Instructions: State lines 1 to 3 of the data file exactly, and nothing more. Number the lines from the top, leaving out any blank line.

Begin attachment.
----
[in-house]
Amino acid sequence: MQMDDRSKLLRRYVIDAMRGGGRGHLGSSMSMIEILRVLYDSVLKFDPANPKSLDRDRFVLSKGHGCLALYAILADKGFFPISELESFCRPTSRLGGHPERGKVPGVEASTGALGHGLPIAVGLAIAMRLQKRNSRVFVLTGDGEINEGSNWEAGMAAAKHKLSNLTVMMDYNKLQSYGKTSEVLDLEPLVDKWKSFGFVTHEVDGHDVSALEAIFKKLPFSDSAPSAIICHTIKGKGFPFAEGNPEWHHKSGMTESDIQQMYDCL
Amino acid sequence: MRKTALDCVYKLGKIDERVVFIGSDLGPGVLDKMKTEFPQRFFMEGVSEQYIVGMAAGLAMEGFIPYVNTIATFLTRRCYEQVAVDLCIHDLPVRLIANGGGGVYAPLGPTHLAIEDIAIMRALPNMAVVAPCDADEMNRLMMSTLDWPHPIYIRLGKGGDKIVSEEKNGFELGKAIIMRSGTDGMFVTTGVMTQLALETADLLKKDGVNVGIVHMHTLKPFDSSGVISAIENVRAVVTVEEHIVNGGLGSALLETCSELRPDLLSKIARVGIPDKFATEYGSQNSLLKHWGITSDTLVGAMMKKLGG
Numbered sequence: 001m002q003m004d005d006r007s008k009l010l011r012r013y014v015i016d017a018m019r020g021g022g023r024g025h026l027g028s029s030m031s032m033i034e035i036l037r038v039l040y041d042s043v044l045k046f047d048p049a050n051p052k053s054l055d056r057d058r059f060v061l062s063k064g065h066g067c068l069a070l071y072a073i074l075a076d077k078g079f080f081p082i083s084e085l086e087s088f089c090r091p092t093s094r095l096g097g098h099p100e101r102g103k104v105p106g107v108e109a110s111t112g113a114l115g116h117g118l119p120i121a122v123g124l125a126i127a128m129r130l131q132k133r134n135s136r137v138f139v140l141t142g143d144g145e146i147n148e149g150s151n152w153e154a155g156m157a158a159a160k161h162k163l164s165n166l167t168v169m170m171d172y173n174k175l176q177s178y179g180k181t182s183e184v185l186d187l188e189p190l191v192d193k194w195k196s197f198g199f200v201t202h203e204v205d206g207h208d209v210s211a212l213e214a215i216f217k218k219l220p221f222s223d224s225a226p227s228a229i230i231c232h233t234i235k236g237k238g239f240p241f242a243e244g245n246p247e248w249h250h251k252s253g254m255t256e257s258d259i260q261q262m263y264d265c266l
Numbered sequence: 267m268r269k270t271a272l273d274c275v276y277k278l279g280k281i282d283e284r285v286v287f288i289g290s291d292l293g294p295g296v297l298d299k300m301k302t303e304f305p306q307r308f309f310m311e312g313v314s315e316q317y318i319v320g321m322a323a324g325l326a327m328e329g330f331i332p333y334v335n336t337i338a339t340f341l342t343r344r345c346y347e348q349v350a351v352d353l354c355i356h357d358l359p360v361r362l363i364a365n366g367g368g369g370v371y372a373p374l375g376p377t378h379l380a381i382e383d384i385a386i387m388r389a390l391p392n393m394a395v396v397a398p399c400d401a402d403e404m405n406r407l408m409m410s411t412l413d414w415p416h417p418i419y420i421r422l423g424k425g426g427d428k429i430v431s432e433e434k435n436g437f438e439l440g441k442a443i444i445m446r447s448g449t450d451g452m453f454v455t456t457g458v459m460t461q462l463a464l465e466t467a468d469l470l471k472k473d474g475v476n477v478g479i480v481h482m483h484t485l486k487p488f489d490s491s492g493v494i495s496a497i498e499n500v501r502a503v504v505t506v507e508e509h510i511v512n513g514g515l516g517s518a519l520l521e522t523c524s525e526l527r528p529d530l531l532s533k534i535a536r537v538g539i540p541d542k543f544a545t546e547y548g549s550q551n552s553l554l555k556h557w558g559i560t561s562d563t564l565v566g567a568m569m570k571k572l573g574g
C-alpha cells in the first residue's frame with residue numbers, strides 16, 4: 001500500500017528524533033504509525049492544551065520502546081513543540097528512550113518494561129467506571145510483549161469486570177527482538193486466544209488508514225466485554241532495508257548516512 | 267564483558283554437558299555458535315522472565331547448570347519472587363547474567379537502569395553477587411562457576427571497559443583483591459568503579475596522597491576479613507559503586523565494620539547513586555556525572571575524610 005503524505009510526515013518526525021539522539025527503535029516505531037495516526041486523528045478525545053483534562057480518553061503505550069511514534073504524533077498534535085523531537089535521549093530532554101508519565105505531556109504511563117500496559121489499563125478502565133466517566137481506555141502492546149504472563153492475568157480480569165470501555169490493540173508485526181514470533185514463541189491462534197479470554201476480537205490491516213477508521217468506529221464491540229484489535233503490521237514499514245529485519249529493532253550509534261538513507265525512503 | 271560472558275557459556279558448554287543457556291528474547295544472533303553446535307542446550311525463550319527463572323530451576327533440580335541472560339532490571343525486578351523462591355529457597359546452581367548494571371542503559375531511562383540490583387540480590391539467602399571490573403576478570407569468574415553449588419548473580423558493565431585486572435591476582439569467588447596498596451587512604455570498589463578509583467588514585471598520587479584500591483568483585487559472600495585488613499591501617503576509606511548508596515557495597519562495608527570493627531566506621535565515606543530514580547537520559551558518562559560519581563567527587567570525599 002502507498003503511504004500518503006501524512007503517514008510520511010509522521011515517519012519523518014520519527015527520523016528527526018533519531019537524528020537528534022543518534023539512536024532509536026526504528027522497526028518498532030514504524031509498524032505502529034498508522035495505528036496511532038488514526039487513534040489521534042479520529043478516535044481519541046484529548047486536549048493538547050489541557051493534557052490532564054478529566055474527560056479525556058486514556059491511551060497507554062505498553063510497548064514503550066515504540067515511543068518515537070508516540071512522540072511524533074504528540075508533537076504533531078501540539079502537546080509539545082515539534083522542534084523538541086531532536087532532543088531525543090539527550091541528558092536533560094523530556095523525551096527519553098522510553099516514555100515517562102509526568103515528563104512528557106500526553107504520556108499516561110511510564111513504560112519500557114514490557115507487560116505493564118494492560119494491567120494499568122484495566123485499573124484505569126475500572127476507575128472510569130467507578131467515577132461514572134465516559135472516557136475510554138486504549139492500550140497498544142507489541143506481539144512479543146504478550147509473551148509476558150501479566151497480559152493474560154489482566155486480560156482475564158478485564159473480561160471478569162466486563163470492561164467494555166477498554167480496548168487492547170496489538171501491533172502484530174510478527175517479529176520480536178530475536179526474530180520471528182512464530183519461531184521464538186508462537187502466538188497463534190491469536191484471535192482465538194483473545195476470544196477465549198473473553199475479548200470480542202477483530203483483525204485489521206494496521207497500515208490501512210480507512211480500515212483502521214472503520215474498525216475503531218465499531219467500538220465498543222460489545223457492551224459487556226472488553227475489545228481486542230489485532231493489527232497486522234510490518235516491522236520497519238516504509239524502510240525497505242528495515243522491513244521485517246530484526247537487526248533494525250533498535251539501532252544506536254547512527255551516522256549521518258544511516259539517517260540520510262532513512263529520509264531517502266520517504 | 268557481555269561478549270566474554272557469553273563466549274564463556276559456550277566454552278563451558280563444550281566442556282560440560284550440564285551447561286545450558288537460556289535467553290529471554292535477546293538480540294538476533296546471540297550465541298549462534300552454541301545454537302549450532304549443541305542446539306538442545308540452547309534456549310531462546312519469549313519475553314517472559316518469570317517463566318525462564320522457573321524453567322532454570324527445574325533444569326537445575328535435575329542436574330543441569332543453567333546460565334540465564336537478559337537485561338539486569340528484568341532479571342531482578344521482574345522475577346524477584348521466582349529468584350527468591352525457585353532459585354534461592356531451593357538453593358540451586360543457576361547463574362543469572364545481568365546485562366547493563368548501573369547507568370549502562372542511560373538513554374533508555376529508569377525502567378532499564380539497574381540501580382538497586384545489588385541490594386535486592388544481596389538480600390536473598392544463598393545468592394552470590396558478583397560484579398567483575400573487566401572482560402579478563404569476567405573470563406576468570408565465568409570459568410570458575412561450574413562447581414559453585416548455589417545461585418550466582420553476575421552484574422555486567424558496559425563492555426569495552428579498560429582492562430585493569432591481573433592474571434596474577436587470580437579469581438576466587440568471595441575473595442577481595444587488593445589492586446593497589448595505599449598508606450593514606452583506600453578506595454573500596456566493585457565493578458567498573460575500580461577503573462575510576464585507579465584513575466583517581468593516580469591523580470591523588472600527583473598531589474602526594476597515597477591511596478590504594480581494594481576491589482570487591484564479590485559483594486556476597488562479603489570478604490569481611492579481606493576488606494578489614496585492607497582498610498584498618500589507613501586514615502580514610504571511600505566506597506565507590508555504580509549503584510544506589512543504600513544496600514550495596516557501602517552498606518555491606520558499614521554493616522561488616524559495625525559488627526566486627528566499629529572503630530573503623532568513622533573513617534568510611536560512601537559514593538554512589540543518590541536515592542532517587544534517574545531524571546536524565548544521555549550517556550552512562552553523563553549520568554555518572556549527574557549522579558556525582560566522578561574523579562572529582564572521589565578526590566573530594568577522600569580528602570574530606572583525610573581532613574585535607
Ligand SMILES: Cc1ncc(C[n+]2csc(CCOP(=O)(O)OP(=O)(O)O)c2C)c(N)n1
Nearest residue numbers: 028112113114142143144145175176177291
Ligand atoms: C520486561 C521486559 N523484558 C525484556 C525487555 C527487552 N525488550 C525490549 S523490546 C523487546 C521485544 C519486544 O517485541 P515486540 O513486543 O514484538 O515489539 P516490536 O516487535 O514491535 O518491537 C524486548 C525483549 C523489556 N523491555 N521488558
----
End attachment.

[in-house]
Amino acid sequence: MQMDDRSKLLRRYVIDAMRGGGRGHLGSSMSMIEILRVLYDSVLKFDPANPKSLDRDRFVLSKGHGCLALYAILADKGFFPISELESFCRPTSRLGGHPERGKVPGVEASTGALGHGLPIAVGLAIAMRLQKRNSRVFVLTGDGEINEGSNWEAGMAAAKHKLSNLTVMMDYNKLQSYGKTSEVLDLEPLVDKWKSFGFVTHEVDGHDVSALEAIFKKLPFSDSAPSAIICHTIKGKGFPFAEGNPEWHHKSGMTESDIQQMYDCL
Amino acid sequence: MRKTALDCVYKLGKIDERVVFIGSDLGPGVLDKMKTEFPQRFFMEGVSEQYIVGMAAGLAMEGFIPYVNTIATFLTRRCYEQVAVDLCIHDLPVRLIANGGGGVYAPLGPTHLAIEDIAIMRALPNMAVVAPCDADEMNRLMMSTLDWPHPIYIRLGKGGDKIVSEEKNGFELGKAIIMRSGTDGMFVTTGVMTQLALETADLLKKDGVNVGIVHMHTLKPFDSSGVISAIENVRAVVTVEEHIVNGGLGSALLETCSELRPDLLSKIARVGIPDKFATEYGSQNSLLKHWGITSDTLVGAMMKKLGG